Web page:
Category Archives: trauma

Happiness is a Selfish Book

My legs are a ridiculous size today. Quite massive. They are heavy, cumbersome and they turn the most simple tasks, like getting in and out of my wheelchair, into an advanced resistance training workout. I haven’t been able to get advice as to why I developed lymphedema about 4 years ago. Nobody really knows. I only know it’s a development I could do without.

I have ulcers on both feet. I’ll be lucky to get them healed before Christmas. That my legs and feet are twice the size they ought to be is not ideal for healing. Oh, woe is me!

As long as I don’t get an infection I’m not too worried. There is a solution, albeit a short-term one. I have to keep my legs raised to reduce the swelling. It seems to me to be a very good reason to put my feet up and lie back, either on my recliner or sun lounger, and read.

I have a complicated relationship with books. I am not a voracious reader. It’s not that I don’t want to read. I would like to spend the rest of my life reading and writing. I am in a position to do so. I enjoy it more than almost anything. Listening to music is its only competition. With all of the time I’ve had on my hands in the last 10 or so years I should be very well read and yet I read sporadically, at best.

So why is it such a struggle for me to get comfy with a good book? I had a counsellor try and tackle that question with me quite recently. When I told her that I was more likely to stare into space for disturbingly long periods than to pick up one of the many unread books on my shelves and that reading was what I wanted to do more than anything her response was:

‘What’s stopping you from being happy?’

That’s the last time I went. I can’t be doing with such clich├ęd enquiries. At any rate, I want to be happy and there is nothing stopping me. Ok, it’s not at the top of my list of priorities. It’s on the list though.

I actually do have a good grasp on why I find it such a struggle to read. When I was 13 I had spinal surgery that put me in hospital for many months as a result of secondary complications, namely a life threatening infection.

I went into hospital for spinal surgery when I was in my first year of high school. I was at my new school for, I think, about two weeks before I had to leave for Auckland Starship Hospital. It was a good two years before I was properly physically healed.

Less than a year later I was back in hospital for the removal of the titanium rods that had been wired to my spine to correct scoliosis and to keep my spinal fusion stable while it was healing. The infection was persistent. It was the only solution.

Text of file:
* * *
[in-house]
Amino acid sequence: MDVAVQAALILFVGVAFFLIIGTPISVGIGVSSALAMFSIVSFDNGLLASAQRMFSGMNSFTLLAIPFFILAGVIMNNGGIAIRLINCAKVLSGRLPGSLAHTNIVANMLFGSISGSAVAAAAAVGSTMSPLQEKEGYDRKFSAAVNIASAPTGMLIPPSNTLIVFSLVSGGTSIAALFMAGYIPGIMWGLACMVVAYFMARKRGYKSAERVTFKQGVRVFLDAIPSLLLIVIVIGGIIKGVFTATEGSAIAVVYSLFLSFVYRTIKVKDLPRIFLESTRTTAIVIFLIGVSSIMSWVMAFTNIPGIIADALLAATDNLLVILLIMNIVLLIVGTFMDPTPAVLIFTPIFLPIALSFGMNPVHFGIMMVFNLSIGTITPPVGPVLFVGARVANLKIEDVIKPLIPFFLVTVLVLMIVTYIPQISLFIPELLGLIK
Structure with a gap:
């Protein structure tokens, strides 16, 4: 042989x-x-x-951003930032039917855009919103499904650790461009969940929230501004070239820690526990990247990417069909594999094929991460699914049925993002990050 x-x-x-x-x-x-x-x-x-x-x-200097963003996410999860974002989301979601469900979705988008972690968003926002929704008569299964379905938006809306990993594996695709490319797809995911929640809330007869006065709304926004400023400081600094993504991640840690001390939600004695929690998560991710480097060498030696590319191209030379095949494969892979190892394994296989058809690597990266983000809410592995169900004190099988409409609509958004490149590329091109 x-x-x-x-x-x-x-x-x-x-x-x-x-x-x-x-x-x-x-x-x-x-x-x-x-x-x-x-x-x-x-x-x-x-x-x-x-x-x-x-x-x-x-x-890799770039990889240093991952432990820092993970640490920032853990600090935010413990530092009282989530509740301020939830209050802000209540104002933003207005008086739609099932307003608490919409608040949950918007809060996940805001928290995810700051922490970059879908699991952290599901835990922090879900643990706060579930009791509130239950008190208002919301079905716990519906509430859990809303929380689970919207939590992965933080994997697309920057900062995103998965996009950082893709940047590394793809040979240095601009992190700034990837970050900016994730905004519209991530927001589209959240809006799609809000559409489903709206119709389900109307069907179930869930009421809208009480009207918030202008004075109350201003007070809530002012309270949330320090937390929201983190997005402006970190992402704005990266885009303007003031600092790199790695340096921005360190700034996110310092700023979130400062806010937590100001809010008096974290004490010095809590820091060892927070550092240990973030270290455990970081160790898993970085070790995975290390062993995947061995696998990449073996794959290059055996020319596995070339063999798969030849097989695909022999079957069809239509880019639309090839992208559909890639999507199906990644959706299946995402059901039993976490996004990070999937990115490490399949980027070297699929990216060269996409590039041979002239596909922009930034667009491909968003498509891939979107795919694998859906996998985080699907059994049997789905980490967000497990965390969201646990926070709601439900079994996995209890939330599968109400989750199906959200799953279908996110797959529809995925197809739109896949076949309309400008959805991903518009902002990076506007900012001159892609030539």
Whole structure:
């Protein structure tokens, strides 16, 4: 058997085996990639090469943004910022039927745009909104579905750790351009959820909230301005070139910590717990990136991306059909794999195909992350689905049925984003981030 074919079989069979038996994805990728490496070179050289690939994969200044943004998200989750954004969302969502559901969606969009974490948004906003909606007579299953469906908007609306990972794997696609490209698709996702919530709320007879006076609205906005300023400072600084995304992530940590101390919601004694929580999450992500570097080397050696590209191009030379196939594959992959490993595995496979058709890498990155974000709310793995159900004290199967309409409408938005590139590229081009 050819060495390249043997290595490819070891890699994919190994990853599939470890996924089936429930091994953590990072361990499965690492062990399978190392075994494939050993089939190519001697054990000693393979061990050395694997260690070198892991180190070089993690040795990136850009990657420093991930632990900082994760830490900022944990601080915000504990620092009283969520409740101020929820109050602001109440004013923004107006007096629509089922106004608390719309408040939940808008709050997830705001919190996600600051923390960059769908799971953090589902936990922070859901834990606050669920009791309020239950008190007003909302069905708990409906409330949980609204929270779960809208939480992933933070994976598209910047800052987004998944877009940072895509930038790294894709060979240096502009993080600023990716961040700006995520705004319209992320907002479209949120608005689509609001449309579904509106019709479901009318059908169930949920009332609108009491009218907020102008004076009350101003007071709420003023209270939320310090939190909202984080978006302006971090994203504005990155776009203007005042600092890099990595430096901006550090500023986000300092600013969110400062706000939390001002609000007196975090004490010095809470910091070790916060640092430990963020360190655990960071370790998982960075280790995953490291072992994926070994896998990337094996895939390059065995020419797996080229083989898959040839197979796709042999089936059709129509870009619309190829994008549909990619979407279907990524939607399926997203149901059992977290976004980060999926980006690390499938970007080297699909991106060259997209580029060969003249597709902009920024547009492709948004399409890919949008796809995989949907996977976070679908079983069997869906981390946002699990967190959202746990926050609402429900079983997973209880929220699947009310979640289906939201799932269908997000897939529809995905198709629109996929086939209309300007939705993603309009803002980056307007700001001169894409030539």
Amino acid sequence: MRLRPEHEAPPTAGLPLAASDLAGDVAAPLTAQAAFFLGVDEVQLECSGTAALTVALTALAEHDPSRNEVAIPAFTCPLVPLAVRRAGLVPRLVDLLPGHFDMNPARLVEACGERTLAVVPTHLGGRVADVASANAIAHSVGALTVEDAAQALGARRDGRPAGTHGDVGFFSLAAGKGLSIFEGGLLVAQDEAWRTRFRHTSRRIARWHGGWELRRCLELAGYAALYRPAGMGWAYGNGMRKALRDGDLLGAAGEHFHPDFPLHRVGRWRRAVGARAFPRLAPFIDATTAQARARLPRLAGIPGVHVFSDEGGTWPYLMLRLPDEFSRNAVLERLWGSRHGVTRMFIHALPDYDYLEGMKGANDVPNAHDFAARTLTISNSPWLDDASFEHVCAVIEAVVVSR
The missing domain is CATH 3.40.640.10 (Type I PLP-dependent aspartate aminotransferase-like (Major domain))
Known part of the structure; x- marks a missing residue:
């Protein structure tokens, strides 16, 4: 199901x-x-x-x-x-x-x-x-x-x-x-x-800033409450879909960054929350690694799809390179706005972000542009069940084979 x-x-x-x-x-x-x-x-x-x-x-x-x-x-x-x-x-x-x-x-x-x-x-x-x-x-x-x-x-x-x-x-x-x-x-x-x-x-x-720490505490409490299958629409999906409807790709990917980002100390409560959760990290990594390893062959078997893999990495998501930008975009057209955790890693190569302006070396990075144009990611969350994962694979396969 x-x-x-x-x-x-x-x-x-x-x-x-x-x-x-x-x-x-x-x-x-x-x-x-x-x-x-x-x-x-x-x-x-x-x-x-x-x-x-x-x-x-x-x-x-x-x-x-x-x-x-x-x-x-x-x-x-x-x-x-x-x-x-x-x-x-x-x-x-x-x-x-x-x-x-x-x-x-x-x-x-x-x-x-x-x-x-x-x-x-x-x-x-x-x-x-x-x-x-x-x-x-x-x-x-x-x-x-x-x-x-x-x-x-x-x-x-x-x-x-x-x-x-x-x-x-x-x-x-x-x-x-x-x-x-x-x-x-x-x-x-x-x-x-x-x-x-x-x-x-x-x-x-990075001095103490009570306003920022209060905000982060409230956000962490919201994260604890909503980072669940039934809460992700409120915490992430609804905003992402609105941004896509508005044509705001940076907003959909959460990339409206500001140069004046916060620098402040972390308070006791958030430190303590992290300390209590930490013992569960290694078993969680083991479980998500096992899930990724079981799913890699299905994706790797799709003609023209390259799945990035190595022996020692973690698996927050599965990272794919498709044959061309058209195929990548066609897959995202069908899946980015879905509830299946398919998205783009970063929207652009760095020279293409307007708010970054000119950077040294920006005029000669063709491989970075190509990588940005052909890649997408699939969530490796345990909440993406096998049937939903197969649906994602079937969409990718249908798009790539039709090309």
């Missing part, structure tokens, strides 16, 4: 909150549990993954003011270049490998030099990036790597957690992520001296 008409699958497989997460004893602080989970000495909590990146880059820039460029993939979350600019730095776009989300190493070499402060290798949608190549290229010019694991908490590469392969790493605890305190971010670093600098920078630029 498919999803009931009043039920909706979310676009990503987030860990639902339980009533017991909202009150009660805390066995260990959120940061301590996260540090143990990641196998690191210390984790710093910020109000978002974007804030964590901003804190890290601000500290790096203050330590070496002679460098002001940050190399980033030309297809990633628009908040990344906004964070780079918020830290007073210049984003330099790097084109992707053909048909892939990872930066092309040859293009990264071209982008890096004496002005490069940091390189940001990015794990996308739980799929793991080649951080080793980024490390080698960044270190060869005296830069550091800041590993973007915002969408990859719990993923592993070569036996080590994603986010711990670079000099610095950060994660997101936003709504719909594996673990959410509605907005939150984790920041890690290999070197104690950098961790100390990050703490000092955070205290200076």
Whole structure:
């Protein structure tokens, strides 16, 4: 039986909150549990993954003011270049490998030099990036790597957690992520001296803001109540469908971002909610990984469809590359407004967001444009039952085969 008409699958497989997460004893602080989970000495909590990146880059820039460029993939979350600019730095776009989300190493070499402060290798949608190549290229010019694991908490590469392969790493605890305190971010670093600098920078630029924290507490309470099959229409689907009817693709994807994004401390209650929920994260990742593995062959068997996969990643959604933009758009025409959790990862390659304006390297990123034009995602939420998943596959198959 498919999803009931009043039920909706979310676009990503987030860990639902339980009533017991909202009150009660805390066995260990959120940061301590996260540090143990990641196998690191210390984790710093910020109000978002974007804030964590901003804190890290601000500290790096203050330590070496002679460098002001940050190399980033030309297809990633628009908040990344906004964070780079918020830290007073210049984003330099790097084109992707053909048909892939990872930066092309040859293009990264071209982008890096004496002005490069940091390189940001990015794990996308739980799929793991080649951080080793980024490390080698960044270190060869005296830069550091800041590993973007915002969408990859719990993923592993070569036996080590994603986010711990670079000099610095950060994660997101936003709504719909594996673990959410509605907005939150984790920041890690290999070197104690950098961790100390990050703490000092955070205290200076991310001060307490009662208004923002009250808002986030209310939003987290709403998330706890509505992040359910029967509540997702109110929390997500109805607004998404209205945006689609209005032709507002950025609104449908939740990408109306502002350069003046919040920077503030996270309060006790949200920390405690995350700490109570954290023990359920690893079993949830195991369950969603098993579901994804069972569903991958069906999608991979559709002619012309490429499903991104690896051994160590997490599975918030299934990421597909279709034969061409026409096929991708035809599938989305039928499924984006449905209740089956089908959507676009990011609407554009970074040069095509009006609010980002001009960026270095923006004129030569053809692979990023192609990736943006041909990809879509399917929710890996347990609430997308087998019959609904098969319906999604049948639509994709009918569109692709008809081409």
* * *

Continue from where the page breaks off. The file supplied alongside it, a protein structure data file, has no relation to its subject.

Before I went into hospital I was an avid reader. I loved books. By the age of 10 I was reading at an adult level. By the time I came out of hospital I could no longer concentrate on anything longer than a short story. Even that was a struggle. The trauma of everything I had gone through had such an effect on me that I could not read a page in a book without reading it again and again so that it would finally stay in my poor brain. I lost all interest in reading as a result.

I was going through my first existential crisis and I was still a kid. I was depressed and desperate. I didn’t understand what was going on. I wouldn’t make the connection back to the trauma I had suffered for many years after my physical scars had faded.

I’m 33 now and my ability to get through a book is still severely impeded by an inability to concentrate. I have my love of reading back though, which I am so grateful for. It’s a slow process and I’m not sure I’m ever going to be able to plough through books like I did in my carefree preteen days but I am finding authors now that are feeding my appetite for words.

Will Self was my gateway drug into properly good writing. Given my inability to concentrate, most of what I had read before I discovered Self couldn’t exactly be called literature.

He has piqued my interest in the English language and in playing with words for the sheer fun of it. He’s not everybody’s favourite brew but he has a delicious sense of humour and his writing has a very dark side, both appealing characteristics.

Peter Cook is my favourite comedian by a country mile so it makes sense that Will Self would be my favourite author. Their work isn’t similar in style but it shares an extraordinary talent for biting satire, often frighteningly accurate, and a penchant for the absurd. They both have a subversive sensibility, too.

These legs aren’t going to go down on their own. I’ve been meaning to read Will Self’s Umbrella all year, a book that was shortlisted for the Man Booker prize. It’s sitting on my shelf with only the first page digested. It intimidates me with all of its unread Man Booker prize shortlisted pages. I can’t wait for the day I finally pick it up and start reading it in earnest. Maybe I should start today. It’s going to take quite a while to get through. I still have to read every page at least twice. It would make me very happy to finish it, so I had better start it. After all, there is nothing stopping me from being happy.